Today’s guest post is from Annette Nakshbendi, a Librarian-in-Residence in the Digital Content Management Section at the Library of Congress.
How might a Library of Congress digital resource spark classroom discussion that reaches beyond a primary source’s content and context? You may have used the Library’s digital collections to help history “come alive” for students. But have you considered using them to help students understand their own relationship with technology or to foster their empathy for present-day peers who may interact with technology differently than they do?
As more schools nationwide encourage teachers to incorporate “social emotional learning” (SEL) activities into their K-12 curricula, educators can turn to the Library for resources that open students’ eyes to SEL-related topics, including the importance of creating accessible technology. Not only is accessibility awareness an important topic in Diversity, Equity and Inclusion (DEI) initiatives, but it also helps promote exploratory perspective-taking and other skills that fall under the SEL umbrella.
One digital tool that can support SEL curricula is By the People, which invites anyone with an internet connection to transcribe digital collections material using an open-source platform called “Concordia.” The program’s About page explains how the completed transcriptions contribute to Library collections’ accessibility by “[improving] search, readability, and access to handwritten and typed documents for everyone, including people who are not fully sighted.” By the People also maintains a Resources for Educators page with lesson ideas, transcribe-a-thon resources, and a downloadable form to document students’ virtual volunteer hours.
Students may not be aware that some people require an assistive technology called a “screen reader” in order to use computers. Educators could prompt students to:
- Search online for a video demonstrating screen readers in action, and challenge students to identify how they use assistive technologies, themselves, on a daily basis (hint: a mouse and keyboard of any kind count!).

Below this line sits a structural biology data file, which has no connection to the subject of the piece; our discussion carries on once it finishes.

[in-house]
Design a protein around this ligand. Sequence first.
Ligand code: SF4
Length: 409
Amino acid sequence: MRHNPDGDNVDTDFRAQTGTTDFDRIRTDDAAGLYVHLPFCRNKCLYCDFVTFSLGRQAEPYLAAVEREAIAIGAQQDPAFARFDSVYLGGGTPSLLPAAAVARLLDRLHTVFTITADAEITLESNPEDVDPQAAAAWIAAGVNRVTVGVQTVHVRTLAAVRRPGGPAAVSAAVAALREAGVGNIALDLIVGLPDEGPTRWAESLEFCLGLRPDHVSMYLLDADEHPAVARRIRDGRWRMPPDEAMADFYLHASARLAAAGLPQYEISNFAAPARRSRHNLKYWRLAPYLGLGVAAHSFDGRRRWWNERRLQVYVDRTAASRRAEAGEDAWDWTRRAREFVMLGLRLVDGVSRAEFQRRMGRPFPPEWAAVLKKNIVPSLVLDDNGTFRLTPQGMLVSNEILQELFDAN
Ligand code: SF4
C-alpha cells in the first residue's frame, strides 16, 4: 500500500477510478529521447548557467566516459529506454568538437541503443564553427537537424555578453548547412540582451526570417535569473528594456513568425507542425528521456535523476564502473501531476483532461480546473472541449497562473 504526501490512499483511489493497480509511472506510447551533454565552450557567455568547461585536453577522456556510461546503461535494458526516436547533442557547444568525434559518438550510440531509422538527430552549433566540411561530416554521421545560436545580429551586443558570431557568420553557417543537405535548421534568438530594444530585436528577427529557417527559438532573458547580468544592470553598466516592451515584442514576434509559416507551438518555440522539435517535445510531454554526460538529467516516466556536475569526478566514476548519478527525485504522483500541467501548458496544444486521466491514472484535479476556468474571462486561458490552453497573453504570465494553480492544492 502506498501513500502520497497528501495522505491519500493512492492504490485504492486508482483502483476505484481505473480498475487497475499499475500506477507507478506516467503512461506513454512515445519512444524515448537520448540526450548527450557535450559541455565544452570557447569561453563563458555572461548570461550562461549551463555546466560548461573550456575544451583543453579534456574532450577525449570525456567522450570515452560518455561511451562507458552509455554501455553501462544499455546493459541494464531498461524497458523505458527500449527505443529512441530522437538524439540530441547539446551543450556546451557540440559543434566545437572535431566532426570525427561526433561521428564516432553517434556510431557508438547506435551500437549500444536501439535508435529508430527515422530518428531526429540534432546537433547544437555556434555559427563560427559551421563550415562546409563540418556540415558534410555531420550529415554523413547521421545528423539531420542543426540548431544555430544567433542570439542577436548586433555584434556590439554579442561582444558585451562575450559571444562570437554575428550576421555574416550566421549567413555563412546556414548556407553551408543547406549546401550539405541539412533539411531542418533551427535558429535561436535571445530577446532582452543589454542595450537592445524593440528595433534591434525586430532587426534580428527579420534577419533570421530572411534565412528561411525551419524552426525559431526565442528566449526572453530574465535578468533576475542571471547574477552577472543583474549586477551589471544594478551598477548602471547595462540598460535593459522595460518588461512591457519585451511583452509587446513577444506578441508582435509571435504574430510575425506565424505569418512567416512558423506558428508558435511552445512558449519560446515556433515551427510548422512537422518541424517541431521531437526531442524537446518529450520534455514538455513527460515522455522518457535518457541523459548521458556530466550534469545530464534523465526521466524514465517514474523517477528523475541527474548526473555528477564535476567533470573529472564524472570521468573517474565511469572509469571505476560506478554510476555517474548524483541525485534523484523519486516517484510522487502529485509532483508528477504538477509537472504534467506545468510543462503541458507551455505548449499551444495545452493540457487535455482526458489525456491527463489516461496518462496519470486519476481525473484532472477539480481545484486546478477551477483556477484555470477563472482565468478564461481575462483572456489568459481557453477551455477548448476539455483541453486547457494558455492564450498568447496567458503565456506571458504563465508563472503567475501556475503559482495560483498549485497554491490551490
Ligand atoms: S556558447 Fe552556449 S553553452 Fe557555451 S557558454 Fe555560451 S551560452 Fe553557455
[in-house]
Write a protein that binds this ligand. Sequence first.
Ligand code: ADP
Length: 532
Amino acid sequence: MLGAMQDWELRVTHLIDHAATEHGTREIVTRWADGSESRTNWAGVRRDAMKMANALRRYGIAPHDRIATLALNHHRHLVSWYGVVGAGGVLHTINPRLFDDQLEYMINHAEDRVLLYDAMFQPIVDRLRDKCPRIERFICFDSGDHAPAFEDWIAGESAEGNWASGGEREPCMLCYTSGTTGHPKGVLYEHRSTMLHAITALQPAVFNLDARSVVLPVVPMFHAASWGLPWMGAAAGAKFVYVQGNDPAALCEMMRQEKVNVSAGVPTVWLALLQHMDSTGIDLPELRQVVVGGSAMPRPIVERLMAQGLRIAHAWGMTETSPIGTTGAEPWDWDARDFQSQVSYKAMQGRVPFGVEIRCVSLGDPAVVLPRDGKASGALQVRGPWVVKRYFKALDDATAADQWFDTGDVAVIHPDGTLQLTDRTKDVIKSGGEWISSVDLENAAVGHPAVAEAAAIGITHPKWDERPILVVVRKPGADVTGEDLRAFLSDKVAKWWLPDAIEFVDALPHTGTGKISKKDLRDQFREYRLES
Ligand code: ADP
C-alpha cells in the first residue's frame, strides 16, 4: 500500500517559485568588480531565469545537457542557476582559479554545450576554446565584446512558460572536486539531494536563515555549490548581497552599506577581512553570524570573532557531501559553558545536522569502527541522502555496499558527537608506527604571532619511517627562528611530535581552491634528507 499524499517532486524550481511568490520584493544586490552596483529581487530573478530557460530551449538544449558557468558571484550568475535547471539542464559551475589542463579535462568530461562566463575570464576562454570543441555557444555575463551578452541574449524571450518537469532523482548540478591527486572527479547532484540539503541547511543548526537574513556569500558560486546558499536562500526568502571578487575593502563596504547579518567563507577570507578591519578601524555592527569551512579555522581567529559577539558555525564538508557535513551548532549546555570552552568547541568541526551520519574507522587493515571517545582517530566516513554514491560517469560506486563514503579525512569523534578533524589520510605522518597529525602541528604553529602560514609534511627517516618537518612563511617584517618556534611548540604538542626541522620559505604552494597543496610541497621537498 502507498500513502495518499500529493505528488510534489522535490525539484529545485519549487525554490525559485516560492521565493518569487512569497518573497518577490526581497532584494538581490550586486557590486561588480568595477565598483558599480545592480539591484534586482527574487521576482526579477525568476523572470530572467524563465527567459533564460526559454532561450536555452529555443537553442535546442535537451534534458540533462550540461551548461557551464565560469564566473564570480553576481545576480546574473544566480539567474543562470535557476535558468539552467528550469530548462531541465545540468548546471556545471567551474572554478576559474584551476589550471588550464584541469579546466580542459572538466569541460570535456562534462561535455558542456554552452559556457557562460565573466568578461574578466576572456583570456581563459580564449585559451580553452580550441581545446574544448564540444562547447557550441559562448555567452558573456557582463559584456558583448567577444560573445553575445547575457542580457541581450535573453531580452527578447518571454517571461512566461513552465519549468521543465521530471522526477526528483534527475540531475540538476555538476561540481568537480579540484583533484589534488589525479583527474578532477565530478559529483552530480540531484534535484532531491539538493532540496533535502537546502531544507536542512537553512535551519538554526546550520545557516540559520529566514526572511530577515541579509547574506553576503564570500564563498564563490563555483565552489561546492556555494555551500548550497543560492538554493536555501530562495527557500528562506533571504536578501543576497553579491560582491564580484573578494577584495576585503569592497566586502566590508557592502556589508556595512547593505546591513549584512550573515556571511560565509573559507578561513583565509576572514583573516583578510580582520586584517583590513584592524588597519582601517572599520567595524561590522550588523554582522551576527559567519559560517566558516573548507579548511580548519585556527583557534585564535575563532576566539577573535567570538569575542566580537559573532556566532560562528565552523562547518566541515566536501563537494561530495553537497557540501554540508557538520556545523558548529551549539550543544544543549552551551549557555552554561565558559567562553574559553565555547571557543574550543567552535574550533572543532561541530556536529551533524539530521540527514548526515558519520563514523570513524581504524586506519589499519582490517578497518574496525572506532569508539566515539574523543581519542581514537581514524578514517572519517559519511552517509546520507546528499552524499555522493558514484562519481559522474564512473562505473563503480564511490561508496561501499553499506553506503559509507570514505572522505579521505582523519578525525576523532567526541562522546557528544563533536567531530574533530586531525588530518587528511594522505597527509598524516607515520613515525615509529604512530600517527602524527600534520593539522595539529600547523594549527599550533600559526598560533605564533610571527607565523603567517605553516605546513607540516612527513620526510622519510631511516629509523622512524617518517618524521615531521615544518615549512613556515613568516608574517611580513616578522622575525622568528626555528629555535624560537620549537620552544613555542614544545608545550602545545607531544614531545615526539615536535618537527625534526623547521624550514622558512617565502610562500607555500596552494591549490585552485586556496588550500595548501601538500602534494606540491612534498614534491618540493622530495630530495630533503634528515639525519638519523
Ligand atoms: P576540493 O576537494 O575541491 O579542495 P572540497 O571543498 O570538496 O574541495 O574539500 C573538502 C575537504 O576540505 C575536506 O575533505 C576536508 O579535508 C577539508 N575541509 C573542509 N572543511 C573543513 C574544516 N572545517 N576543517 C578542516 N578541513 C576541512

- Explore the National Library Service for the Blind and Print Disabled’s Assistive Technology Products for Information Access list or read the 2014 Signal blog post, “Making Scanned Content Accessible Using Full-text Search and OCR,” if students are interested in the technical side of human-computer interaction.
Even students who do not consider themselves in need of accessibility interventions may find Rosa Parks’ cursive handwriting in her 1955-1956 Montgomery Bus Boycott “Instructions to car-pool drivers and passengers” challenging to understand. Educators could:
- Ask students to share their experience approaching the primary source in the “Image” only and “Image w/Text” page views.
- Ask students to reflect on the idea that “accessibility is essential for people with disabilities and useful for all” (Web Accessibility Initiative (WAI), World Wide Web Consortium (W3C)) after exploring the different levels of meaning they can derive from the document with and without its transcription.
Whether sighted students can read Rosa Parks’ handwriting or not, they will be able to see Ms. Parks’ corrections on the original document. Ask students to investigate how the transcription on the left side of the “Image w/Text” view indicates Ms. Parks’ corrections (hint: crossed-out text appears in brackets). This notation ensures that screen readers recognize the additional meaning provided by the evidence of Ms. Parks’ thought process. For a Civil War-era example of how manuscript corrections can change a document’s meaning, visit Abraham Lincoln’s draft of the Emancipation Proclamation.
You may have used primary sources to encourage historical empathy from your students. You may have suggested By the People transcription as a service-learning opportunity for interested students and watched them develop an appreciation for civic engagement and virtual collaboration, as described by this interview with individual volunteer, Kathleen, or this interview with Julie Centofanti, founder of the Youngstown State University Transcribing Club. But have you considered using completed By the People transcriptions to increase students’ accessibility awareness? Let us know in the comments below.